Nash said he believed the action to remove statues in Covington and elsewhere in the South was an election year effort by opponents of President Donald Trump, who signed an executive order June 27 that in part would halt some federal funding to cities if they do not protect such statues.
He also said an online petition with 11,000 names is supported by California-based producers of such productions as “Vampire Diaries,” which used the Square and other parts of Covington as a filming location for the popular TV series.
“This is our Square. It doesn’t belong to someone from California who doesn’t even live here,” Nash said.
Covington resident Tyler Still organized the Change.org petition in support of removing and relocating the statue.
Still said he agreed people living outside Newton County may be on the petition but the county depends on them to help keep its economy growing through sales taxes, tourism dollars and film productions.
Jake McGinnis of Covington sat in a lawn chair in the shade, waiting for the event to begin in the park surrounding the statue.
The Vietnam War veteran said he had lived 61 of his 70 years in Newton County and spent 18 months in Vietnam to protect the right to peacefully assemble about issues like the statue’s removal.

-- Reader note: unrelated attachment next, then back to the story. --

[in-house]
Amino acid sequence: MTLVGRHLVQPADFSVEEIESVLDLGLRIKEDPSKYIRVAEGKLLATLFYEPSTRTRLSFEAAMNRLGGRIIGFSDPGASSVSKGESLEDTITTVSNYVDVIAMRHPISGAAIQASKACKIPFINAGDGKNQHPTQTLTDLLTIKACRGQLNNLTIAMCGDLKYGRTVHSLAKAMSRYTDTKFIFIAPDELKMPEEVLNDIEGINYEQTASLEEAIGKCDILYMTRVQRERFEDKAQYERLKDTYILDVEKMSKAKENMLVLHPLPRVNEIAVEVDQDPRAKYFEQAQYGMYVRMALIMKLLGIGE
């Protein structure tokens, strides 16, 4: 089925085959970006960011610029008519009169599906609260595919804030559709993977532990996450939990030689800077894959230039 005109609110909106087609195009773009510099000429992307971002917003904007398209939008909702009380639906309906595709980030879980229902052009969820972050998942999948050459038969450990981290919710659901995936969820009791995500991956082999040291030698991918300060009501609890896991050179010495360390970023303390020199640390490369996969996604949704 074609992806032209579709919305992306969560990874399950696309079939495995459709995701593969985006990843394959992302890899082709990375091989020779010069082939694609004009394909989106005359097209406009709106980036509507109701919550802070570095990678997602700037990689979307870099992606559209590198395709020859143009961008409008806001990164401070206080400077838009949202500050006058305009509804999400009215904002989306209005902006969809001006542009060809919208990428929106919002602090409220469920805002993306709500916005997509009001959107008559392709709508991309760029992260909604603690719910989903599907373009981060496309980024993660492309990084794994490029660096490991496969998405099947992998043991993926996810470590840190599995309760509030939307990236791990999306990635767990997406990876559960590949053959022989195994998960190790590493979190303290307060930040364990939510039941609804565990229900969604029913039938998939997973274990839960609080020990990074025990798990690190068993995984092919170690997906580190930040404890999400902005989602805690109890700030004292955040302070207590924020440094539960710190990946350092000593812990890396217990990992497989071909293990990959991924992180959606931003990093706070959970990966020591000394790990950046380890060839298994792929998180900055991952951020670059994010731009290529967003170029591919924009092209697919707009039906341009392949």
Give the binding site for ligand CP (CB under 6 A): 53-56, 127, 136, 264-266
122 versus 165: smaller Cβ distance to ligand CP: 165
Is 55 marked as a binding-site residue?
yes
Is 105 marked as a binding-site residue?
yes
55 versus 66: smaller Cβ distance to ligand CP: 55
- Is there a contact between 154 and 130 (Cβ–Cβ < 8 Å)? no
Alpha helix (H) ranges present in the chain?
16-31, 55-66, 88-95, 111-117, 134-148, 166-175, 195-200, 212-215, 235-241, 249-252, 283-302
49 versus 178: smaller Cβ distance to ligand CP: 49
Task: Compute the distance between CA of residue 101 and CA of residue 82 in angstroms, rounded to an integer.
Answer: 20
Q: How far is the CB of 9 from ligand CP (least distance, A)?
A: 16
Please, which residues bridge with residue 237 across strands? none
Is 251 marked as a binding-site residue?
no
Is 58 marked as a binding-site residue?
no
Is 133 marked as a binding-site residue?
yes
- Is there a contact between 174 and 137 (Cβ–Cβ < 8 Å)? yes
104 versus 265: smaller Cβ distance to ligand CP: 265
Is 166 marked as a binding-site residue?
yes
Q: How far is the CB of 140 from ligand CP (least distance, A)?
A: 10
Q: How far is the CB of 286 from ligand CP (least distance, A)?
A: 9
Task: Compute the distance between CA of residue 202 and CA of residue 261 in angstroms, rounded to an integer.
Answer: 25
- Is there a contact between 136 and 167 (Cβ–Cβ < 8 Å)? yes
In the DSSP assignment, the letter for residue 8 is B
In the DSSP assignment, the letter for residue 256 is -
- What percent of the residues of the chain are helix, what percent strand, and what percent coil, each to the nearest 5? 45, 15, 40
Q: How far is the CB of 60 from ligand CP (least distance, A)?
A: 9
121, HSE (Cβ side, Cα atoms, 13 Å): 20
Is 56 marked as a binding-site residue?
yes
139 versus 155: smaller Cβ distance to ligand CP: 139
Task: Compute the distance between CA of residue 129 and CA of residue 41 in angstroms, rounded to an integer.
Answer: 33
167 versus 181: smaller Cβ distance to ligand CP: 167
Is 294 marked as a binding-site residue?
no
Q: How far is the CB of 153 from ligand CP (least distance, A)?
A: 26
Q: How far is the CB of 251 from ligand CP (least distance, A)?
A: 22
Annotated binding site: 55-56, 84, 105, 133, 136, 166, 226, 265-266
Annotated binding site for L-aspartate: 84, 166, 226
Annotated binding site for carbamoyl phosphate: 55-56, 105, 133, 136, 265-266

“We care about our little Square,” he said.
He also said he believed the public was unaware of his claim that those using the death of George Floyd — on May 25 in Minneapolis after a white police officer knelt on his throat — were using it as an excuse to destroy private and public property and remove Confederate memorial statues nationwide.
Vance Jennings said he had lived in Newton County for 53 years and the statue “means a lot to me” because of the memories of it and his longtime ties to the community.
Corey Jackson said he was attending to peacefully protest the commission’s plan.
“It’s a shame to erase important history,” he said.
Edwards said he wanted the statue to remain and sit alongside new statues of civil rights leaders like the late Forrest Sawyer Jr. of Covington.
Sawyer died in February and was among a group of men jailed for more than two months in 1970 for protesting segregation in Newton County.
Victor Payen noted the county government had dealt with calls for removal in previous years. He said the local government needed to deal with it and compared the issue to a “cancer” that needed to be eradicated.
The commissioners are set to meet about the statue removal at 6 p.m. in the Commissioners Boardroom on the second floor of the Historic Courthouse at 1124 Clark St. in Covington.
County officials are requesting that all attendees wear a mask because of the COVID-19 pandemic. Social distancing will be strictly enforced which will limit seating, according to a notice from the county government.
However, county officials today announced the meeting will be livestreamed on Facebook. It can be seen by visiting https://www.facebook.com/NewtonCountyGA/.
Commissioners estimated in 2018 up to $100,000 would be needed to move the monument.